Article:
City Lights and other New Works

Some of the paintings in this series were done in a more linear fashion- with a vague plan and then the implementation, which allowed for improvisation along the way. Others were done in a much more stretched out time frame over months and even years for this show. I have learned that if one has reached an impasse in terms of the formulation of a specific work of art then it’s usually wise council to take a break from the piece. This advice was given to me by a very insightful teacher years ago. Indeed, this makes sense as it enables one to be able to look at what was created (in a past painting session) with a fresh set of eyes and hopefully seeing the path to move forward to completion.
This advice squares with what Edward Munch stated: “I paint what I saw- not what I see”. Franz Kline could also be cited on this topic when he said that spontaneity in art often emerges with a very slow and almost calculated process. The ability to be able to work from a time-based perspective has great value and many of the pieces in this show were done over a long period of time. Some were started as far back as 2019. 
The working method was to have the paintings paint themselves- do something - then wait- then do something else- whatever the pieces would suggest- I would follow. It is related to the idea of serving the art and not imposing anything onto each piece. A novelist I once knew told me that often a character will take over a plot within writing - if that happens too much, control of the creative process can be lost. It was with this thought in mind that these paintings were created.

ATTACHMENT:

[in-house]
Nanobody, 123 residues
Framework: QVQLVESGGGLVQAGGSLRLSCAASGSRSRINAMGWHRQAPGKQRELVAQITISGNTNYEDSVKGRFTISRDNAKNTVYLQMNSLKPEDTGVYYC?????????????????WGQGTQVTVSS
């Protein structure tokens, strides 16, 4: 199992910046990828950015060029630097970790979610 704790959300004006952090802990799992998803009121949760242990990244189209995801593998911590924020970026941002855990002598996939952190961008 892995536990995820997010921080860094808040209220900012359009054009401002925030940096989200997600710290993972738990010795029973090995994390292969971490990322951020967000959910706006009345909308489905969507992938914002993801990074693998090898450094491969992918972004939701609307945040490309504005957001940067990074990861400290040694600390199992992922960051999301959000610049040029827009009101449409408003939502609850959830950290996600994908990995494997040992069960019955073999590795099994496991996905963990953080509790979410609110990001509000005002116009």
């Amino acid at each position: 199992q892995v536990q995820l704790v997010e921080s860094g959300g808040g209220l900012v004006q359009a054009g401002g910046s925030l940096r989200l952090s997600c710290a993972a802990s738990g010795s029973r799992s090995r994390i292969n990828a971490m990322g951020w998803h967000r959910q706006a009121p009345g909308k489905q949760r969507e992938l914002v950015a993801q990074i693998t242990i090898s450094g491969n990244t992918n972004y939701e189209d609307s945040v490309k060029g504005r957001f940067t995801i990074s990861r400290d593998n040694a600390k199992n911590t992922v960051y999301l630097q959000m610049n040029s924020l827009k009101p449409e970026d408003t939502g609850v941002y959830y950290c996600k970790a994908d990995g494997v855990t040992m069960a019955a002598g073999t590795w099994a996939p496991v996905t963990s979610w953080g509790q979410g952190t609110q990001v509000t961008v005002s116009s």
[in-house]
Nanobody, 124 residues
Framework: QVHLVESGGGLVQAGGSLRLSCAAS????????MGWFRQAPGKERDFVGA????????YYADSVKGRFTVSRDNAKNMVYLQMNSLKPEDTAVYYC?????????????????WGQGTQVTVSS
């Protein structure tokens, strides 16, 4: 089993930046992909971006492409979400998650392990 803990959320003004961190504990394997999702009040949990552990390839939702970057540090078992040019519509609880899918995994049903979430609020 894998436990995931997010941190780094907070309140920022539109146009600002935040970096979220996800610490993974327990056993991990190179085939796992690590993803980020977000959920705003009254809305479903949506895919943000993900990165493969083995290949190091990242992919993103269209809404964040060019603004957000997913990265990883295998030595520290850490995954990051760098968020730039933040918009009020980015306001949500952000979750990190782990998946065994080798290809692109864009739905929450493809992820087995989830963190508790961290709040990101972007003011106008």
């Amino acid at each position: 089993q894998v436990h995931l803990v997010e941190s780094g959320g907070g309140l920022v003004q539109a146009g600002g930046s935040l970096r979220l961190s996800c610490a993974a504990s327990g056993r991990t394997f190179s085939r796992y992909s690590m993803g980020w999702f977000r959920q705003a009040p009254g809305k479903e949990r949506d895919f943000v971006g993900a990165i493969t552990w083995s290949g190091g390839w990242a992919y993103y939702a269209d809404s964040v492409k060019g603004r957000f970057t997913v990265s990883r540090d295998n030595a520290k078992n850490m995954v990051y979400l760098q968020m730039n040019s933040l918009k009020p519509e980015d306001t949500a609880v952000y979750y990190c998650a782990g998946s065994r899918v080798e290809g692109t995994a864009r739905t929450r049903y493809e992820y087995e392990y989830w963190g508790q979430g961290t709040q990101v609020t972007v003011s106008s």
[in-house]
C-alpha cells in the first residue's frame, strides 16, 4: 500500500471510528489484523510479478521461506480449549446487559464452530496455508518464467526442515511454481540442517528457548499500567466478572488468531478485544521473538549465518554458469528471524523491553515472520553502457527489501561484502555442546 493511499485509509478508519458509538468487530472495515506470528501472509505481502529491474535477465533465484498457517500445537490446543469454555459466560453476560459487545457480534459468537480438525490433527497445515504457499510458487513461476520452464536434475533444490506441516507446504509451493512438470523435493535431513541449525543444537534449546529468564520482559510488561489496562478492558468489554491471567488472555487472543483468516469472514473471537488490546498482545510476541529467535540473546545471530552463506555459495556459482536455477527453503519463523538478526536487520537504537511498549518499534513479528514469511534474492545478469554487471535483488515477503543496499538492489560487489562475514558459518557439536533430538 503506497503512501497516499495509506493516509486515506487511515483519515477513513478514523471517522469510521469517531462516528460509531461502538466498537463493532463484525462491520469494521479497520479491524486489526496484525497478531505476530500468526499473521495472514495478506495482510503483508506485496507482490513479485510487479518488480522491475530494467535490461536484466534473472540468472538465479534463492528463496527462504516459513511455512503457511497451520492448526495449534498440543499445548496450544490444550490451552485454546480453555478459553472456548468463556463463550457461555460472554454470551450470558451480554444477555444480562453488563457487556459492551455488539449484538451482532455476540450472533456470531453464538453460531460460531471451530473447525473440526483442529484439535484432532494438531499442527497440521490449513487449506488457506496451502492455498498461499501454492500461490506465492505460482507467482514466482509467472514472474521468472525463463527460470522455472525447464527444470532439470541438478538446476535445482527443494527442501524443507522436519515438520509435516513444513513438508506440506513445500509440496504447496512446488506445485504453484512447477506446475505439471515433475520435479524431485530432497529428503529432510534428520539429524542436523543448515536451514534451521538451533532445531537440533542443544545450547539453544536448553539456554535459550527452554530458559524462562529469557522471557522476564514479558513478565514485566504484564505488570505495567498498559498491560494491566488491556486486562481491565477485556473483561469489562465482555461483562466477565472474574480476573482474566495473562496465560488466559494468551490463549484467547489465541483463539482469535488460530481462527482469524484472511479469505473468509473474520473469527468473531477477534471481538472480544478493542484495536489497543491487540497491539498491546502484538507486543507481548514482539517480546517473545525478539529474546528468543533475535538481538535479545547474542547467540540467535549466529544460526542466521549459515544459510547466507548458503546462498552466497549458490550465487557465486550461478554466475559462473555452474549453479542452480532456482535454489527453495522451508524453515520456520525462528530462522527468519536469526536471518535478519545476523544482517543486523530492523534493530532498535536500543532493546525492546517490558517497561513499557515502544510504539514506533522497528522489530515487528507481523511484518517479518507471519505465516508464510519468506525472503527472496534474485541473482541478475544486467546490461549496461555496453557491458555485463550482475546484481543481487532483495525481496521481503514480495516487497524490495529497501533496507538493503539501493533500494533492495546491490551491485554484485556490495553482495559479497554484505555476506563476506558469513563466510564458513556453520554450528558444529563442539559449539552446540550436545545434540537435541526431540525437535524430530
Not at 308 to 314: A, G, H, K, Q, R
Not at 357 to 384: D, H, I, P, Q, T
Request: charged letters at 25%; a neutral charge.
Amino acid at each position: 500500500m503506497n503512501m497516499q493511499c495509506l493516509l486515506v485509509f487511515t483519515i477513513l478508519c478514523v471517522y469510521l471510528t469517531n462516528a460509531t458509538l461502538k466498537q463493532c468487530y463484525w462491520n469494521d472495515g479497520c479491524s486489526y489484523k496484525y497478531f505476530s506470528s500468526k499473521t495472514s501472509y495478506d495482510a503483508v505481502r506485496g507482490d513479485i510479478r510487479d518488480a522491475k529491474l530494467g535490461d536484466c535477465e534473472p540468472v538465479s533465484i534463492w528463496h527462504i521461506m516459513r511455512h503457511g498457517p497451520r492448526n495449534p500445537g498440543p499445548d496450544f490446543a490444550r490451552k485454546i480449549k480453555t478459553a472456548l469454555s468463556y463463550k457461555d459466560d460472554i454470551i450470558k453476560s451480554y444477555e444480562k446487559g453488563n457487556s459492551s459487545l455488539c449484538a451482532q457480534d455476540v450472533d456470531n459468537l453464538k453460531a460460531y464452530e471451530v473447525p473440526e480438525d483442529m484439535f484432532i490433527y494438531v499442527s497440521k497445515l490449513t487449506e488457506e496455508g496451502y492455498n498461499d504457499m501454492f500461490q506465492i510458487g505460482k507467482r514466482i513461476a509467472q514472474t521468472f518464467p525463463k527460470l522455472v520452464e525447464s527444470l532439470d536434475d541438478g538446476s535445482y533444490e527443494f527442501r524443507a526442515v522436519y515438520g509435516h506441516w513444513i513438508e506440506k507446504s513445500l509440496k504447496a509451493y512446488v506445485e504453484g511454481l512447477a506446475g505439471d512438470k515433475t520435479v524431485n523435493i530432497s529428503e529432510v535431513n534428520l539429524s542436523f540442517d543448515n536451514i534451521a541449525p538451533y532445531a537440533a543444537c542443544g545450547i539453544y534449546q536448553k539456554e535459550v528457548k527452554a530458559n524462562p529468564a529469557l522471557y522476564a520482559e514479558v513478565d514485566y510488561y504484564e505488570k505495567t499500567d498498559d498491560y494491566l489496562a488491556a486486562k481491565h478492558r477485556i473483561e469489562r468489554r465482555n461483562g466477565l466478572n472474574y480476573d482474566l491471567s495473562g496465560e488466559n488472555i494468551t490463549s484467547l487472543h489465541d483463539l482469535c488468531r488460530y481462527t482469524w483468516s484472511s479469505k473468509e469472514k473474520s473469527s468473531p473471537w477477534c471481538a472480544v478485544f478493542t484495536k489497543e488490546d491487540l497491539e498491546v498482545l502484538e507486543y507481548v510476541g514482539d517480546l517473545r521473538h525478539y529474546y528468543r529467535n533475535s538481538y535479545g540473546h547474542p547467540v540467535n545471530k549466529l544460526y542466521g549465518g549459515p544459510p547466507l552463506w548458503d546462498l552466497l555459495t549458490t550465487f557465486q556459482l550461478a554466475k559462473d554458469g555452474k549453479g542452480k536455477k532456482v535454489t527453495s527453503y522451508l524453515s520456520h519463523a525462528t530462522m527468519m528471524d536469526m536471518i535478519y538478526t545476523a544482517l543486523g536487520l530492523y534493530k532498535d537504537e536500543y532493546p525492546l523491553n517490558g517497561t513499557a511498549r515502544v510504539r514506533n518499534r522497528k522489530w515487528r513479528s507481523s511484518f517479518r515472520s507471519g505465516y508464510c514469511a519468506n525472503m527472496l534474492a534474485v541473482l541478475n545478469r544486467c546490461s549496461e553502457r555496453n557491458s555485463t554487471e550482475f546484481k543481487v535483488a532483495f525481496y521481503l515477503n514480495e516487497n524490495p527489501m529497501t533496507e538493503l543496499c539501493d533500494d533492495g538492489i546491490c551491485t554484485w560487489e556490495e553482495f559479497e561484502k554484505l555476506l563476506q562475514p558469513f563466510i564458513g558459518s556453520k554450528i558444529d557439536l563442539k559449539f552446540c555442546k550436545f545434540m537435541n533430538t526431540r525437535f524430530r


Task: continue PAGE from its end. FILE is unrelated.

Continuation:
There is one process-oriented approach that I was aware of while doing these pieces. I was always aware of the relationship between line and shape- and the way those things interact. Planes are almost like chords whereas lines are like individual notes. The more complex a painting is the more it’s like orchestral music, the less complex, (less moving parts) this would be more akin to chamber music.
Layer after layer of visual information spanning years and numerous separate work sessions on each canvas meant that each piece determined when it was complete- and my role in many respects was reduced to editing out visual information that did not add- but editing in information that did.
To that extent, I assumed the role of authority over them but never wanted to change what the individual pieces seemed to want to be on their own. I find that my most successful pieces are those that become life forms that live on their own, away from interpretation by anyone.

Tom Cramer
July 2022